An interesting, yet fairly simplified article on fear. I must admit I rather enjoyed the sections on ‘fight or flight’ and ‘fear conditioning.’ I should do more hands-on research in the latter.
In the mid 1960’s, Howard Leventhal, a social psychologist from Yale University, USA, invited a group of 30 senior students to participate in what they thought was an experiment on a public health brochure evaluation. The tetanus pamphlet, as it was called, was to be evaluated for its persuasiveness in communicating the dangers of tetanus and the importance of inoculation.
To that effect, the students read the pamphlet, carefully analysed its contents and filled out the evaluation report. When they were done they handed it to the experimenter and went on their merry way thinking the experiment was over. In reality, though, the experiment had just begun.
What the Participants Did Not Know
While Leventhal really was trying to measure the persuasiveness of the pamphlet, his measure of effectiveness was not how persuasive the participants thought or said it was but how it actually affected their behaviour. He wanted to see how many of the participants would subsequently get vaccinated. To make things interesting, he gave different students different pamphlets.
Those in the ‘high fear’ group received booklets with powerful language describing the risks of contracting tetanus and vividly frightening images to show what it did to people. For those in the low fear group, the experimenters toned down the language and took out the distressing images.
Leventhal wanted to see if higher fear levels in the pamphlet would lead to a higher number of participants seeking inoculation.
It did not.
After making regular checks with the medical centre for over a month, Leventhal found that only one person out of the whole group had subsequently got the vaccination. Apart from scaring the living day lights out of the participants, the fear appeal, and especially the high fear appeal, did nothing to persuade the participants to seek vaccination.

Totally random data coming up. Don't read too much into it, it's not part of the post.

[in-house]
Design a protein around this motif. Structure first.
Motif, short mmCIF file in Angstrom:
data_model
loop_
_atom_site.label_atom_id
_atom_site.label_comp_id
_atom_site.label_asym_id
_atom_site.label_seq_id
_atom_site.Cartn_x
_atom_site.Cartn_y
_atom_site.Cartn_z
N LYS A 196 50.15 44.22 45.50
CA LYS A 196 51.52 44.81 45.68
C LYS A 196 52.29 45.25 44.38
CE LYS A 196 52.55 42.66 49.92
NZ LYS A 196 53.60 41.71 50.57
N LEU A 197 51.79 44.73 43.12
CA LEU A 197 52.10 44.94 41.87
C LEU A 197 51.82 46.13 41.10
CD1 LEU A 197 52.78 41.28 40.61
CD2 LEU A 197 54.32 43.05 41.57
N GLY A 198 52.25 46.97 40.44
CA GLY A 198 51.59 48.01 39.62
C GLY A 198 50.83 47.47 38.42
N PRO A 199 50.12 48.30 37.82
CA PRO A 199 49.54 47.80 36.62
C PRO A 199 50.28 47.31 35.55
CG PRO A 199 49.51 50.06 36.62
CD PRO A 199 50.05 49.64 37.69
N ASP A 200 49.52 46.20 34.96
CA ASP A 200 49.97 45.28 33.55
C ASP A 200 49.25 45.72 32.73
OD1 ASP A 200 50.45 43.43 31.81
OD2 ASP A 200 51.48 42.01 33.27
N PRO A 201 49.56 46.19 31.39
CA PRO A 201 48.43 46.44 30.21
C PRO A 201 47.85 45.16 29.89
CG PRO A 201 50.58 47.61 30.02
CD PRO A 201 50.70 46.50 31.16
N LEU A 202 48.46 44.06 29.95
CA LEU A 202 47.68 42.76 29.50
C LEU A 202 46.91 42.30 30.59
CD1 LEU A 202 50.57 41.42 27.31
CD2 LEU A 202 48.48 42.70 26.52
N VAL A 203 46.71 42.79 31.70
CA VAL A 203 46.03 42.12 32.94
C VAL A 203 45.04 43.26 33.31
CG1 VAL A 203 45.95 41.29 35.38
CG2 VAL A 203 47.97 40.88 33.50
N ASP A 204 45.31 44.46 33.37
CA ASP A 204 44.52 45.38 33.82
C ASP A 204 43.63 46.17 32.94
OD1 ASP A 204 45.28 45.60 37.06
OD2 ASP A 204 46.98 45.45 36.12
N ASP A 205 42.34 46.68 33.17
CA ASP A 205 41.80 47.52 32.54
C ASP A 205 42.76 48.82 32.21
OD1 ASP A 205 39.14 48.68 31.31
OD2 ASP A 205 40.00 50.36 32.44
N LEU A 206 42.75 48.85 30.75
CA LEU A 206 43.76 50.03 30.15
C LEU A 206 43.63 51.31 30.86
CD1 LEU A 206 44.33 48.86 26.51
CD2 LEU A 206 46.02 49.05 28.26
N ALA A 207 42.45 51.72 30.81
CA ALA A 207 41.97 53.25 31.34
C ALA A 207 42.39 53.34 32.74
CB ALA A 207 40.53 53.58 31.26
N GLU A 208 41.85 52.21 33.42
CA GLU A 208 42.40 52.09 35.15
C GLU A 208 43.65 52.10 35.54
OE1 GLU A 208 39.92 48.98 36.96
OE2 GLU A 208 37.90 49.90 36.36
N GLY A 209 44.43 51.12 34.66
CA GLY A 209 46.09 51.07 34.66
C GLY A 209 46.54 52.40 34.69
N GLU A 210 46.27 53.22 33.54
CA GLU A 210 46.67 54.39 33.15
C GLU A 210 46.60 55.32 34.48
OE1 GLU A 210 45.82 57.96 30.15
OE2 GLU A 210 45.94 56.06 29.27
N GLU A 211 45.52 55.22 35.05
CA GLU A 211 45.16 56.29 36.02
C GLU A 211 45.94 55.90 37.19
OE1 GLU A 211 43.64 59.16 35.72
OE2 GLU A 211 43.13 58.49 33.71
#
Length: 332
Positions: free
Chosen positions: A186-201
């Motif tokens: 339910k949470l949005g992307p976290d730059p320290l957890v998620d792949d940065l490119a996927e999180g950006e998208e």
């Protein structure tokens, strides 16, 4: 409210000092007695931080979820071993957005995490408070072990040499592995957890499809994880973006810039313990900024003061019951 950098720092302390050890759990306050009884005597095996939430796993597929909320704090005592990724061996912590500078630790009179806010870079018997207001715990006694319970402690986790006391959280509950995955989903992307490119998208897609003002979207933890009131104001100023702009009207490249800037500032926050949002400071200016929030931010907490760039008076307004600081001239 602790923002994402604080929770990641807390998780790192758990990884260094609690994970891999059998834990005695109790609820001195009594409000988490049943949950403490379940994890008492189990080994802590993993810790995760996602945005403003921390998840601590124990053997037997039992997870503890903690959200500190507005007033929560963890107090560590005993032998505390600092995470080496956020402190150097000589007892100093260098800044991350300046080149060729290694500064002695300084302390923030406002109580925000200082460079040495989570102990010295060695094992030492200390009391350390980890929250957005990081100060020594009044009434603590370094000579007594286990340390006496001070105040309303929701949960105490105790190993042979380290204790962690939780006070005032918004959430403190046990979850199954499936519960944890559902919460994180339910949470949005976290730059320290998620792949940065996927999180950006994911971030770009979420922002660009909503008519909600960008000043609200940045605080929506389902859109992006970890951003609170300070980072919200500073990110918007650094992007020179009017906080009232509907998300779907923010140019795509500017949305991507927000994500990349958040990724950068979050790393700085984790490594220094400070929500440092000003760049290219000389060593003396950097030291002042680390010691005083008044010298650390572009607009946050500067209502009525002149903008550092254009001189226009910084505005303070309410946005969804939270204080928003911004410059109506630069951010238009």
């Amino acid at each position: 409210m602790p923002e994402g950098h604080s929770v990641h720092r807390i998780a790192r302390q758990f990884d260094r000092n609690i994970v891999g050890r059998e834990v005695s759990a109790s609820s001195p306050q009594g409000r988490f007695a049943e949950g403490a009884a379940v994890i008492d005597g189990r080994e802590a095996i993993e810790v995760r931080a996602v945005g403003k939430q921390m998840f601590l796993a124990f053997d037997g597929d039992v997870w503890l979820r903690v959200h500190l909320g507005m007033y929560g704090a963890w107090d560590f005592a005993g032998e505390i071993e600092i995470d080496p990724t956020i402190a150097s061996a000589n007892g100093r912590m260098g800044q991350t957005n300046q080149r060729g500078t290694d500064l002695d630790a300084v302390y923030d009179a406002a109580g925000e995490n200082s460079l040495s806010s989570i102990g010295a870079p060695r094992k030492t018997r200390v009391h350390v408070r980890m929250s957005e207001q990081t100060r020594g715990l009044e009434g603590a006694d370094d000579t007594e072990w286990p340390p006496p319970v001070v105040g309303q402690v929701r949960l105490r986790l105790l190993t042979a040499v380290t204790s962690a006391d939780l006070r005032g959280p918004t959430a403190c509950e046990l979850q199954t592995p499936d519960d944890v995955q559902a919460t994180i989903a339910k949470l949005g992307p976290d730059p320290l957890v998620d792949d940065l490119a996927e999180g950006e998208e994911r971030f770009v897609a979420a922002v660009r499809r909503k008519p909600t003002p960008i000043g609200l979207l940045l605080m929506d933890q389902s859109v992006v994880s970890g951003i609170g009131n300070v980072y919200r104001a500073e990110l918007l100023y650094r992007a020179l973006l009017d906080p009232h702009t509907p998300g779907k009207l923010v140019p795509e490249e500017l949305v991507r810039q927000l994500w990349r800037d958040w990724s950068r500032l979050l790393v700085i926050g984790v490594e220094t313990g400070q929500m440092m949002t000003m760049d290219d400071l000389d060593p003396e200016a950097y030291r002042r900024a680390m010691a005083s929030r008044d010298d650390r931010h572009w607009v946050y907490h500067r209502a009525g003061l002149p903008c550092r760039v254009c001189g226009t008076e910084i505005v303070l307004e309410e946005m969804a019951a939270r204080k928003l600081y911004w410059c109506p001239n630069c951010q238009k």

Why Did the Fear Fail To Persuade?
Leventhal could not work out why this had happened. Had the participants not understood the dangers of tetanus? Had they not understood the importance of being vaccinated?
Leventhal analysed their evaluation reports to see if this was the case. To his surprise, the reports not only showed the students clearly understood the nature and seriousness of tetanus but also the importance of being vaccinated. What was more, the reports revealed that most students intended to get vaccinated. Despite the good intentions, however, only one of the participants followed through with their plans.
By any measure the pamphlet was a complete failure.
Then Leventhal tried including specific instructions on how to deal with the threat of tetanus. He included a map of the university medical centre and listed the times the centre provided the free tetanus shots.
This time the number of participants getting vaccinated rose from the measly 3.3% to an impressive 33% – a 10 fold increase in persuasive muscle.
The Trick to Using Fear in Persuasion
Leventhal concluded that for messages using fear appeals to be persuasive, there must be specific, clear and explicitly listed steps the audience can take to resolve the presented threat. Otherwise the fear will paralyse the audience and they will simply choose denial to deal with their dilemma.